Reason abstractly and quantitatively. Mathematically proficient students make sense of quantities and their relationships in problem situations. They bring two complementary abilities to bear on problems involving quantitative relationships: the ability to decontextualize-to abstract a given situation and represent it symbolically and manipulate the representing symbols as if they have a life of their own, without necessarily attending to their referents-and the ability to contextualize, to pause as needed during the manipulation process in order to probe into the referents for the symbols involved. Quantitative reasoning entails habits of creating a coherent representation of the problem at hand; considering the units involved; attending to the meaning of quantities, not just how to compute them; and knowing and flexibly using different properties of operations and objects.
Construct viable arguments and critique the reasoning of others. Mathematically proficient students understand and use stated assumptions, definitions, and previously established results in constructing arguments. They make conjectures and build a logical progression of statements to explore the truth of their conjectures. They are able to analyze situations by breaking them into cases, and can recognize and use counterexamples. They justify their conclusions, communicate them to others, and respond to the arguments of others. They reason inductively about data, making plausible arguments that take into account the context from which the data arose. Mathematically proficient students are also able to compare the effectiveness of two plausible arguments, distinguish correct logic or reasoning from that which is flawed, and-if there is a flaw in an argument-explain what it is. Elementary students can construct arguments using concrete referents such as objects, drawings, diagrams, and actions. Such arguments can make sense and be correct, even though they are not generalized or made formal until later grades. Later, students learn to determine domains to which an argument applies. Students at all grades can listen or read the arguments of others, decide whether they make sense, and ask useful questions to clarify or improve the arguments.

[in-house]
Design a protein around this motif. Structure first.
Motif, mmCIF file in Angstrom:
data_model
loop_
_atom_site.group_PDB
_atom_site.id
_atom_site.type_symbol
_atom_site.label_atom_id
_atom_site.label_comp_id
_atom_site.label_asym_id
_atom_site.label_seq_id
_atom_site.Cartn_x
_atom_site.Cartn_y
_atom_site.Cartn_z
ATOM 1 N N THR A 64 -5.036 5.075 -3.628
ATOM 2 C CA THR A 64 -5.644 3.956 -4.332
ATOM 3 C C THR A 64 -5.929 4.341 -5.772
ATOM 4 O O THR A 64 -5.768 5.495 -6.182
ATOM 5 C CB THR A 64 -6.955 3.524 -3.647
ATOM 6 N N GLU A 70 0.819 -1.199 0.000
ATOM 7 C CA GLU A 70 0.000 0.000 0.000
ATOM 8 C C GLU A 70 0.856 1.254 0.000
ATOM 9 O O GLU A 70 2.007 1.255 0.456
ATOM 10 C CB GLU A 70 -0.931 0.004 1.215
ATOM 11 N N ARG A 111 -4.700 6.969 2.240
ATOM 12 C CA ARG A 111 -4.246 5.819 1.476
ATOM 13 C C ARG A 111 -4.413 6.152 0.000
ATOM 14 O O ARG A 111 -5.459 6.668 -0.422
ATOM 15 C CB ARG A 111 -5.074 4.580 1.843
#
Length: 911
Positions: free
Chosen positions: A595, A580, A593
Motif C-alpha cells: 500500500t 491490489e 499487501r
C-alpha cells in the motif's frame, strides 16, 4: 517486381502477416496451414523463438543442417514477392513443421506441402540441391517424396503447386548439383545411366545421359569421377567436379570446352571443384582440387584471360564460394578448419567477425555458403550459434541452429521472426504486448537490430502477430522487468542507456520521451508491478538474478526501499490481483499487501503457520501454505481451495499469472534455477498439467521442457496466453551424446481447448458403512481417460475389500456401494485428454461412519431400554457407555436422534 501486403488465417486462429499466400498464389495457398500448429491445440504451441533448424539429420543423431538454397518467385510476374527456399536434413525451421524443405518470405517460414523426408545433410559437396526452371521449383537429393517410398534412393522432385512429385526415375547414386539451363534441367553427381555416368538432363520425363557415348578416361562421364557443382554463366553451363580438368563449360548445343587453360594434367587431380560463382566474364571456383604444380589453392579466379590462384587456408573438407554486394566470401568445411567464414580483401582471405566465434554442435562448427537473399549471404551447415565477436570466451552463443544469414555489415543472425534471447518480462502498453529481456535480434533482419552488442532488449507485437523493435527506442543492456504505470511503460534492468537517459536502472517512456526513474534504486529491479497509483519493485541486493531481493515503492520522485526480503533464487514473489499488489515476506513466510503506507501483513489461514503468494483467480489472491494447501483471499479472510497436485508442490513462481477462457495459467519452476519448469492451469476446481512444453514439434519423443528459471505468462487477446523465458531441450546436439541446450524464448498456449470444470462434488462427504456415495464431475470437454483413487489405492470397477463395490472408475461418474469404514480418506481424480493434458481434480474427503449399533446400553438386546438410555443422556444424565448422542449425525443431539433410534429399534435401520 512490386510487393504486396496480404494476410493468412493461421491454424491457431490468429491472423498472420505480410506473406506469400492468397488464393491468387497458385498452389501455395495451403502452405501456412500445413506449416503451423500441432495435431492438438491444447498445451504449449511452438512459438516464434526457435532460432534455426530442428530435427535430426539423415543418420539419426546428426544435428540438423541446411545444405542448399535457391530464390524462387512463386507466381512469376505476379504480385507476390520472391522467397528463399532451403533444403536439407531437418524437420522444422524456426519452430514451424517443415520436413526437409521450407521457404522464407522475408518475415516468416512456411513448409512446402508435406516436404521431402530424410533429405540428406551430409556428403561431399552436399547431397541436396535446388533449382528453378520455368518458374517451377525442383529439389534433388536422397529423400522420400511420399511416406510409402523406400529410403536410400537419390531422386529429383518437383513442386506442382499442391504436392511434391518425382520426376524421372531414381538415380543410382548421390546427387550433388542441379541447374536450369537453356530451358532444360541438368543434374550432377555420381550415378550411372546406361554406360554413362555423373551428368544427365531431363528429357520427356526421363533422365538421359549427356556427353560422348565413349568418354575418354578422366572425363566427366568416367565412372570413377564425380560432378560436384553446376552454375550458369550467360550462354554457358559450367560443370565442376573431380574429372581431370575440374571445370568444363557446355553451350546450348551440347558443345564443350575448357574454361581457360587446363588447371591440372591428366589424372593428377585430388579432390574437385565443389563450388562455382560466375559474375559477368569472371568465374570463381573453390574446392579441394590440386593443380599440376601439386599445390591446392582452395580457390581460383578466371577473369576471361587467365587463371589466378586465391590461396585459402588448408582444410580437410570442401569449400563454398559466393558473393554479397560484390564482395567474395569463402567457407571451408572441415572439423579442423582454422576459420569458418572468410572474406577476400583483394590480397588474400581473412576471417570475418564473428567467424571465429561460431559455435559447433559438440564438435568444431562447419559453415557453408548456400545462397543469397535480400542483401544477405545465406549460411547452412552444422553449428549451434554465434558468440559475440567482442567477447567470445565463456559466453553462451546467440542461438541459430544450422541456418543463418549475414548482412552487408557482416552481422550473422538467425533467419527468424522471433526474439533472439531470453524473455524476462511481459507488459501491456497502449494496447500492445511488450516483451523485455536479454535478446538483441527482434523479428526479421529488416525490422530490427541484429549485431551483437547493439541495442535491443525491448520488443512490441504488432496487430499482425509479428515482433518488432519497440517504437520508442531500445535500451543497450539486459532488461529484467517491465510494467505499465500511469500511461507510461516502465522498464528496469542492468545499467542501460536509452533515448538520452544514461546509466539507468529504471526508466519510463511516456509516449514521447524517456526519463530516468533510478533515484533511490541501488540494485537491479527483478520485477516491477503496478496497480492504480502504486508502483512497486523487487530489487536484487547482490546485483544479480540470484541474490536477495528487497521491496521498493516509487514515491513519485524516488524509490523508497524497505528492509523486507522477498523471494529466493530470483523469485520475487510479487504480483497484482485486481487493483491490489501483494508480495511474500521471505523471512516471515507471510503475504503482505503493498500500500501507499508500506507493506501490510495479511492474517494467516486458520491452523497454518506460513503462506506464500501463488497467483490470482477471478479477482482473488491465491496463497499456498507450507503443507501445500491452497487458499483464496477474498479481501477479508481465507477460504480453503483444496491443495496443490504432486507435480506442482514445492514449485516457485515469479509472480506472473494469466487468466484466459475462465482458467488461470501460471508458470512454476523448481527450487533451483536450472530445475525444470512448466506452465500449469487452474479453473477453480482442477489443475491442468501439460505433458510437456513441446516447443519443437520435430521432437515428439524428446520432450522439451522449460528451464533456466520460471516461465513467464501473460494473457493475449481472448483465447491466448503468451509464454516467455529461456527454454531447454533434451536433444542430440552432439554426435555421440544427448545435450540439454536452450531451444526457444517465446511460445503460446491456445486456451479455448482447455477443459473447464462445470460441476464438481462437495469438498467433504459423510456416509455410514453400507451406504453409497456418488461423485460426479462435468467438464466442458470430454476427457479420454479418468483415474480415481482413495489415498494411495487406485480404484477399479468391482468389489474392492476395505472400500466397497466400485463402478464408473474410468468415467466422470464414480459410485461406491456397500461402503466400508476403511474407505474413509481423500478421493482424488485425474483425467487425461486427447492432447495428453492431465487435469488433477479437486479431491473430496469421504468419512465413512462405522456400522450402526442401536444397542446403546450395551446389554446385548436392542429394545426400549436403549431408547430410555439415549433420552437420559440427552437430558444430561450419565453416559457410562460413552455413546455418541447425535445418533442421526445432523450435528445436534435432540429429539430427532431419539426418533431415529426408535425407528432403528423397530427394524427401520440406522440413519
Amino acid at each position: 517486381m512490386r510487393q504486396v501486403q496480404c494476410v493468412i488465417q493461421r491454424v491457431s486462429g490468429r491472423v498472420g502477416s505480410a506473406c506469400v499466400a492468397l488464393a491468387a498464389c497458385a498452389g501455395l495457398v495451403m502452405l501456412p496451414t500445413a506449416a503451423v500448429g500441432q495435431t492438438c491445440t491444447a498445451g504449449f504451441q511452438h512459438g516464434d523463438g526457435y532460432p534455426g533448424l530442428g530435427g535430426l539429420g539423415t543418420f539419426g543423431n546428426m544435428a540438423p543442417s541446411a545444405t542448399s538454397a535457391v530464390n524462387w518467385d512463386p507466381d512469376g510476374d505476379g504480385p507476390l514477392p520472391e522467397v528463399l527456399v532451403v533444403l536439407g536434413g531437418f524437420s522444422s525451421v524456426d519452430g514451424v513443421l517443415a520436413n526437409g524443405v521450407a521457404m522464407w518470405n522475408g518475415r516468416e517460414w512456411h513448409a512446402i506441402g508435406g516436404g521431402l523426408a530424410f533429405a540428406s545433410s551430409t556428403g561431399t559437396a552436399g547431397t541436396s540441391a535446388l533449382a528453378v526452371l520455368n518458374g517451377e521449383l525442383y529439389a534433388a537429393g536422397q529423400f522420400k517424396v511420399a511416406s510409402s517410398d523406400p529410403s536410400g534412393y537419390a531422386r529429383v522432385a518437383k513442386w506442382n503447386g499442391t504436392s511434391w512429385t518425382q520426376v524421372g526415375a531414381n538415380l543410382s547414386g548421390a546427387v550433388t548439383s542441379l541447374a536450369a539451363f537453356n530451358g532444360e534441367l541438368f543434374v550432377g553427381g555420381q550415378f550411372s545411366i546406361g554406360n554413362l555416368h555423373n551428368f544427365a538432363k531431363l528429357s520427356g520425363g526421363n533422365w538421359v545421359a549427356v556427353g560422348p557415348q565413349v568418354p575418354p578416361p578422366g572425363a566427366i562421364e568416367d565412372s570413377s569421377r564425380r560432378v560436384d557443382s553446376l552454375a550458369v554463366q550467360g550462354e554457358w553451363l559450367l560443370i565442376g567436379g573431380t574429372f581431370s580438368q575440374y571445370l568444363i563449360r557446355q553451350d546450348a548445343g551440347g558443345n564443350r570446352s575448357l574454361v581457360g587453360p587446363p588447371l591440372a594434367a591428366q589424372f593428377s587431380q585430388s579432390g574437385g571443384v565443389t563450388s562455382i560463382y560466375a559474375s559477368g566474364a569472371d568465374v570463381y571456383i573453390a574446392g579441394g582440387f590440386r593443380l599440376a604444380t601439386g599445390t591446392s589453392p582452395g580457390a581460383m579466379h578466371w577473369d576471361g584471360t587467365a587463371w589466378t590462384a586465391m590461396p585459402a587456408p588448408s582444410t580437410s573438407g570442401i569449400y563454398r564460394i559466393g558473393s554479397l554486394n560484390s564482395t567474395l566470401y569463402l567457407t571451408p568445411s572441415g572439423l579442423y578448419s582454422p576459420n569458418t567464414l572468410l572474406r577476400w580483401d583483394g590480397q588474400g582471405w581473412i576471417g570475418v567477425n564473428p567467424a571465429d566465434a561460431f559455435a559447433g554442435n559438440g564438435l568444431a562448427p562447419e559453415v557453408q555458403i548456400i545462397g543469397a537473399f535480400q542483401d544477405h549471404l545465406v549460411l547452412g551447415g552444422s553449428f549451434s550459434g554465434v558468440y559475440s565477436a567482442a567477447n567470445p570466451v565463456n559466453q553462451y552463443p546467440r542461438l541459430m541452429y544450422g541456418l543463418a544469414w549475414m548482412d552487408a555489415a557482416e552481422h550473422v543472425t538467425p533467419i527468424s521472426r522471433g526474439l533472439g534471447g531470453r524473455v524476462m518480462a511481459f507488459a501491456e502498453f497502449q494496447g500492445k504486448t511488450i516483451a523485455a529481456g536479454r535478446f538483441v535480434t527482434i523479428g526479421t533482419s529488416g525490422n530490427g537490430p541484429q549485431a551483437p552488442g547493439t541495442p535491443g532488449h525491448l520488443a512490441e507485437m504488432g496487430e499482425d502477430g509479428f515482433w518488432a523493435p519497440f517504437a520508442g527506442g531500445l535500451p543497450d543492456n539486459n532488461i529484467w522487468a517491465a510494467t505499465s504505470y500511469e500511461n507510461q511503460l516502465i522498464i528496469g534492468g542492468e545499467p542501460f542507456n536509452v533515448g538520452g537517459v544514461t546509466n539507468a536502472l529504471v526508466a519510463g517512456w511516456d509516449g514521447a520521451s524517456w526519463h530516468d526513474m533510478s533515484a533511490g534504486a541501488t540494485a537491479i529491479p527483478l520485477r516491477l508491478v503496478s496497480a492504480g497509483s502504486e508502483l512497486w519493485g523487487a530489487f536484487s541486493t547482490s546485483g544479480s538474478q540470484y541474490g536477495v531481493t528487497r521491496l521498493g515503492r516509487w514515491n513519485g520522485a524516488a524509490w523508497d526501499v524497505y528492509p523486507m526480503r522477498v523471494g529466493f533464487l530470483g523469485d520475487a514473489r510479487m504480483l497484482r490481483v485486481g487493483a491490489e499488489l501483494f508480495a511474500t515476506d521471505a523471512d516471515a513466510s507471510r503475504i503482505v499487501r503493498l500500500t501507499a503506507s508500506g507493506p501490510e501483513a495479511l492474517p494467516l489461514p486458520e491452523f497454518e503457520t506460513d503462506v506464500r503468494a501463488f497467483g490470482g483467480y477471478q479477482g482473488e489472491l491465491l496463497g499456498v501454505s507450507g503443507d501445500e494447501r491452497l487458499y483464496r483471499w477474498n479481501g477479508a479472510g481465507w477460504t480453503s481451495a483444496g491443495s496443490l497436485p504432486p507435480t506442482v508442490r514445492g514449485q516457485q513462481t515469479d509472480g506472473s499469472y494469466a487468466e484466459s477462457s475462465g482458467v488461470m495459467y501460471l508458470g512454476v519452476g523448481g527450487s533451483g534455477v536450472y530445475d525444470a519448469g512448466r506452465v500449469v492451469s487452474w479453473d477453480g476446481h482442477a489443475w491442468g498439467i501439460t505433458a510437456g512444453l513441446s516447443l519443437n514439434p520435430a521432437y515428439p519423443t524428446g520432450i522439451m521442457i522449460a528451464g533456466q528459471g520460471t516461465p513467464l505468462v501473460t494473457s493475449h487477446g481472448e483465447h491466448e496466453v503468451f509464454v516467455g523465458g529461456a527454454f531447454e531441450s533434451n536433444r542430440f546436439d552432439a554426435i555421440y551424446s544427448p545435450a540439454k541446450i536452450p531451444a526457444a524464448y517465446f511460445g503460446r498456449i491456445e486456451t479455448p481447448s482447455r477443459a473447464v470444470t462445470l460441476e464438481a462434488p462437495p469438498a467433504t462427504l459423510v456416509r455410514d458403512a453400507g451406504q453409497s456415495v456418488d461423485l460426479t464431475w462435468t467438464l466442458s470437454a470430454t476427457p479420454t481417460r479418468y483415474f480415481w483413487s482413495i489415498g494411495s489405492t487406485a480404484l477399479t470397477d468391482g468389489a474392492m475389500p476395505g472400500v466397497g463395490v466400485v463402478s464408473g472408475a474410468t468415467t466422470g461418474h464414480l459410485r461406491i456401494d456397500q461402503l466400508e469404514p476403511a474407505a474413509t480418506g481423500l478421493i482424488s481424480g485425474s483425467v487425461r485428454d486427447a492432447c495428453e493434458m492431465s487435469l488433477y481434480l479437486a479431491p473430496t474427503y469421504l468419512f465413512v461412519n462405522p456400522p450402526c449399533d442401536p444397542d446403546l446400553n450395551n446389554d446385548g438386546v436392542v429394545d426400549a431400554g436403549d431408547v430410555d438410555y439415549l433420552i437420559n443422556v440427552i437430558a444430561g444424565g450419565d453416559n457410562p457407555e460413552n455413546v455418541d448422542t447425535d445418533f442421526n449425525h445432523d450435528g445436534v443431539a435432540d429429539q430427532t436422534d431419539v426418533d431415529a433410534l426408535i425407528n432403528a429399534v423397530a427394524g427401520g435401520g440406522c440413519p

Model with mathematics. Mathematically proficient students can apply the mathematics they know to solve problems arising in everyday life, society, and the workplace. In early grades, this might be as simple as writing an addition equation to describe a situation. In middle grades, a student might apply proportional reasoning to plan a school event or analyze a problem in the community. By high school, a student might use geometry to solve a design problem or use a function to describe how one quantity of interest depends on another. Mathematically proficient students who can apply what they know are comfortable making assumptions and approximations to simplify a complicated situation, realizing that these may need revision later. They are able to identify important quantities in a practical situation and map their relationships using such tools as diagrams, two-way tables, graphs, flowcharts and formulas. They can analyze those relationships mathematically to draw conclusions. They routinely interpret their mathematical results in the context of the situation and reflect on whether the results make sense, possibly improving the model if it has not served its purpose.
Use appropriate tools strategically. Mathematically proficient students consider the available tools when solving a mathematical problem. These tools might include pencil and paper, concrete models, a ruler, a protractor, a calculator, a spreadsheet, a computer algebra system, a statistical package, or dynamic geometry software. Proficient students are sufficiently familiar with tools appropriate for their grade or course to make sound decisions about when each of these tools might be helpful, recognizing both the insight to be gained and their limitations. For example, mathematically proficient high school students analyze graphs of functions and solutions generated using a graphing calculator. They detect possible errors by strategically using estimation and other mathematical knowledge. When making mathematical models, they know that technology can enable them to visualize the results of varying assumptions, explore consequences, and compare predictions with data. Mathematically proficient students at various grade levels are able to identify relevant external mathematical resources, such as digital content located on a website, and use them to pose or solve problems. They are able to use technological tools to explore and deepen their understanding of concepts.